Brexit, European Union Law and Free Movement of Persons
The posts this week centered on European Union citizens and their family members. Yesterday, the post introduced the notion of family member (according to EU Directive 2004/38) and the case of third country nationals and their prior lawful residence (ECJ case law).
Today, the post presents the cases of death, divorce and some others that may jeopardize the right to reside in a Member State. Finally, the introduction of the right to permanent residence under EU law (not to be confused with the right to apply for the nationality of the Member State in which the EU citizen resides).
The Continuance of Free Movement Rights
Directive 2004/38 art. 12 (1): Death/departure not affect right of residence of European Union citizen family members.
Directive 2004/38 art. 12 (2): No loss of right of residence for third country national family members on death providing been residing in host Member State for one year before citizen’s death (not applicable to departure).
Directive 2004/38 art. 12 provides that right of permanent residence for remaining third country national family member subject to status as worker/self-employed person or sufficient resources and sickness insurance.
Directive 2004/38 art. 13 (1): Retention of the right of residence by family members in the event of divorce, annulment of marriage or termination of registered partnership.
Directive 2004/38 art. 13 (2): Not entail loss of right of residence of Union citizen’s family members not nationals of Member State. But:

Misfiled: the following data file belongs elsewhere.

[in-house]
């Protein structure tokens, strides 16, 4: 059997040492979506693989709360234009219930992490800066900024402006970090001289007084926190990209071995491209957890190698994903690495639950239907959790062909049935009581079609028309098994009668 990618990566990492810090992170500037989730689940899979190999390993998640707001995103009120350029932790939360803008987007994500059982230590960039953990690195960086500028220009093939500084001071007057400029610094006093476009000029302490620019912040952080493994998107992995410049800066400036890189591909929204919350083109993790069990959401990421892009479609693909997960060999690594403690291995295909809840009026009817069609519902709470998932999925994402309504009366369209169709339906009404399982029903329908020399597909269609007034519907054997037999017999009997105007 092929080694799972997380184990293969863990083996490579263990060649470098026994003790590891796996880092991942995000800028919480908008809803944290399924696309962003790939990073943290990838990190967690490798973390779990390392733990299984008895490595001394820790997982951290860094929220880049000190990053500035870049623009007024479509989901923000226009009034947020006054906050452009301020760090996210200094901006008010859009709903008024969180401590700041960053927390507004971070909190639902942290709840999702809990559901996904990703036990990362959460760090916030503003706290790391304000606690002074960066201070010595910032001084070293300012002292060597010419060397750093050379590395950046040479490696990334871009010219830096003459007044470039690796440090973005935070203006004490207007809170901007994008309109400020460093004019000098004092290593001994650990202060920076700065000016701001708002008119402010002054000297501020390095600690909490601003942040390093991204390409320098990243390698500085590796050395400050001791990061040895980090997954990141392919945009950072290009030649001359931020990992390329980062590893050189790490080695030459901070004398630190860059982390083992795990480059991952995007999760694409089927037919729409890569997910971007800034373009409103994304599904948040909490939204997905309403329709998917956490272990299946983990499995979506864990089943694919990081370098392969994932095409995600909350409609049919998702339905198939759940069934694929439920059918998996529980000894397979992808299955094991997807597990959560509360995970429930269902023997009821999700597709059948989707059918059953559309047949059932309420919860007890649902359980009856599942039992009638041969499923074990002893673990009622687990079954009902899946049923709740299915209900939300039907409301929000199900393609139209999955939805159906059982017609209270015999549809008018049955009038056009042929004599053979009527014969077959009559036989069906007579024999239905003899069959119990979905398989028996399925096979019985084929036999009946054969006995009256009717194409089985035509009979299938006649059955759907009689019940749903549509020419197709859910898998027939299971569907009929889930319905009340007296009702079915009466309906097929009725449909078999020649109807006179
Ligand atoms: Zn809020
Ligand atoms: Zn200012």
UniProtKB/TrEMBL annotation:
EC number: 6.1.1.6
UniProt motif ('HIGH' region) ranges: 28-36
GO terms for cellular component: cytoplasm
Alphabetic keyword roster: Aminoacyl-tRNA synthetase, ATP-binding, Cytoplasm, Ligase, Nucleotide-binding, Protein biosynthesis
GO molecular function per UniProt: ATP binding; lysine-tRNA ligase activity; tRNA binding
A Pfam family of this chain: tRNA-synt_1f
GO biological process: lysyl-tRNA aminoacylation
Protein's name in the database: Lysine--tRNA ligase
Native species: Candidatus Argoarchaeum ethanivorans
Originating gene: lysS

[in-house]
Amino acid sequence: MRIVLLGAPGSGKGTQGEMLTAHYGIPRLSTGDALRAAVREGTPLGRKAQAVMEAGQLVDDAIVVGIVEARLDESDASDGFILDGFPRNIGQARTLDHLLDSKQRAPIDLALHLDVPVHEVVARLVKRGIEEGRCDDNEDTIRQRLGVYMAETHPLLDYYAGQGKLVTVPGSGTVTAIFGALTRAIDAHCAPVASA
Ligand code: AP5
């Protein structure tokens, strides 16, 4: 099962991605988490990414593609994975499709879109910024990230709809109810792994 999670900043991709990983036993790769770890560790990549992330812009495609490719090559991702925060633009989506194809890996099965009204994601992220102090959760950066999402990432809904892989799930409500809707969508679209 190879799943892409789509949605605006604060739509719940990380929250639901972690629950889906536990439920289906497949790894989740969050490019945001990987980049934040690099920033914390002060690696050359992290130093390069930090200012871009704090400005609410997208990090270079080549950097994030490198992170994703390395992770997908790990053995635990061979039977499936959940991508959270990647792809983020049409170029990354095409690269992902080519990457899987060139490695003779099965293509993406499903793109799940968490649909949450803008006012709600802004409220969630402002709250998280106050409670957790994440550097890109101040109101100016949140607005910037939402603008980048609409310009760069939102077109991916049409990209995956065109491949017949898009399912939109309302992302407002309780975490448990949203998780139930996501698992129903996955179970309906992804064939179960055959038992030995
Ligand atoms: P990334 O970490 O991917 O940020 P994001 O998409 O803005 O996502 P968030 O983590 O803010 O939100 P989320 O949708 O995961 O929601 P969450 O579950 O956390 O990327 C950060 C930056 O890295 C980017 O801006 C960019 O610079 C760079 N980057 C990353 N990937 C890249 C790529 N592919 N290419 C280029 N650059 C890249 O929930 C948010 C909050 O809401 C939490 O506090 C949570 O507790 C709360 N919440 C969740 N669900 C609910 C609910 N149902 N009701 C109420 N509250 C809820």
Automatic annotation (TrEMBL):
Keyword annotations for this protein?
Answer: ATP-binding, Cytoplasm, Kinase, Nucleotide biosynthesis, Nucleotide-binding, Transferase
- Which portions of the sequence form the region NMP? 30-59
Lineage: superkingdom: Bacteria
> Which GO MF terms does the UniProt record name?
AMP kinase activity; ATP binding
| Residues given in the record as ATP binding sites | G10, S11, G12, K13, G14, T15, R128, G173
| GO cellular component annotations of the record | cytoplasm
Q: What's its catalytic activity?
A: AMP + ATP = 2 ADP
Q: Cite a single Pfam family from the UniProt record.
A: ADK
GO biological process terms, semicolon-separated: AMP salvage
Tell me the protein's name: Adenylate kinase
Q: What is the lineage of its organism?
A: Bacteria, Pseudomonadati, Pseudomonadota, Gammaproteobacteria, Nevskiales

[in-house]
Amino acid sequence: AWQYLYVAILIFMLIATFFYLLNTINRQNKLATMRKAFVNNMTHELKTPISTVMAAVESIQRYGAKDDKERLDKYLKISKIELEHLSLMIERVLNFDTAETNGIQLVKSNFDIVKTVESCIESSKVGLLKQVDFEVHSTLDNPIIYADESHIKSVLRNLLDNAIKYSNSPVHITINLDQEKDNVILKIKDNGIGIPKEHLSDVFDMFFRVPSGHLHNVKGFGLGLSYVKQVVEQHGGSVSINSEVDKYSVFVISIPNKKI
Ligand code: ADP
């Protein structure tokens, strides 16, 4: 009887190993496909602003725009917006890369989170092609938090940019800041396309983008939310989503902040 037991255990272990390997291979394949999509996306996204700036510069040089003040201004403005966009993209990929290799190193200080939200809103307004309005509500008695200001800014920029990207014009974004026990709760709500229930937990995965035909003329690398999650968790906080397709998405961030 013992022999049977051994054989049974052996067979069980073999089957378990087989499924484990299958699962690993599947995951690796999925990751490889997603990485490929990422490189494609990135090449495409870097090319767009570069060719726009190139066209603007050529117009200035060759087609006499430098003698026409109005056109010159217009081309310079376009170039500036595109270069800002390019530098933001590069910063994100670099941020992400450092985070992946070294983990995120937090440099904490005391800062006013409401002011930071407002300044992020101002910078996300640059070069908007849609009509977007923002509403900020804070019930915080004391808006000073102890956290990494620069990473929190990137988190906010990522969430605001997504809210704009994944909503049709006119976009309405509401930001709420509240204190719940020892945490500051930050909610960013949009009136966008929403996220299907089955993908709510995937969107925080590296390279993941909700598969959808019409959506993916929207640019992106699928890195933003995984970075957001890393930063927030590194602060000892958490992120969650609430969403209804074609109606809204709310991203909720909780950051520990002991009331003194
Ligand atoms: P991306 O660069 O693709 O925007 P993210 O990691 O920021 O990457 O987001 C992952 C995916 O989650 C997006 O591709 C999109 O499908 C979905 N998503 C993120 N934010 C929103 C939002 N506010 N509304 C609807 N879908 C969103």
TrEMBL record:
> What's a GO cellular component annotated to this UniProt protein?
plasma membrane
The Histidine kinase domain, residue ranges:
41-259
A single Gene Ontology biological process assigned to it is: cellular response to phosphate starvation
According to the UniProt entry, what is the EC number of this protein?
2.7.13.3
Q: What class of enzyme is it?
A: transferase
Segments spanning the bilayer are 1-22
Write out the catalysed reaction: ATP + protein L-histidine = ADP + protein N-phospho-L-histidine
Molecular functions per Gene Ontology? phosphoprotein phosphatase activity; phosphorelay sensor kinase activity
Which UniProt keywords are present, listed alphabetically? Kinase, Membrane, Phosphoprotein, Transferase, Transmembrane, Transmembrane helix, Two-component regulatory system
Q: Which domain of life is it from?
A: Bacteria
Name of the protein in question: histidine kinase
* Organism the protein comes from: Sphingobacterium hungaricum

marriage/partnership must have lasted at least three years, including one year in host Member State; or
spouse/partner has custody of children; or
he/she has right to access children and a court has ruled that such access shall be exercised in host State; or
warranted by particularly difficult circumstances such as victim of domestic violence.
Right of permanent residence
Directive 2004/38 art. 16 (1): Union citizens having resided for continuous period of five years in the host Member State have right of permanent residence there.
Note the right not dependent on the Union citizen being a worker/self-employed or having sufficient resources/medical insurance.
Directive 2004/38 art. 16 (2): Right of permanent residence available to family members not nationals of Member State having legally resided with Union citizen in host Member State for continuous period of five years.
Directive 2004/38 art. 16 (3): Continuity of residence not affected by:1) Temporary absences not exceeding total of 6 months a year; 2) Absence of longer duration due to compulsory military; 3) One absence of maximum of 12 consecutive months for important reasons such as pregnancy and childbirth, serious illness, study or vocational training or posting in another Member State or 3rd country.
Directive 2004/38 art. 16 (4): Loss of right through absence from host Member State for a period exceeding two consecutive years.
Friday 8th March 2019
Jorge Emilio Núñez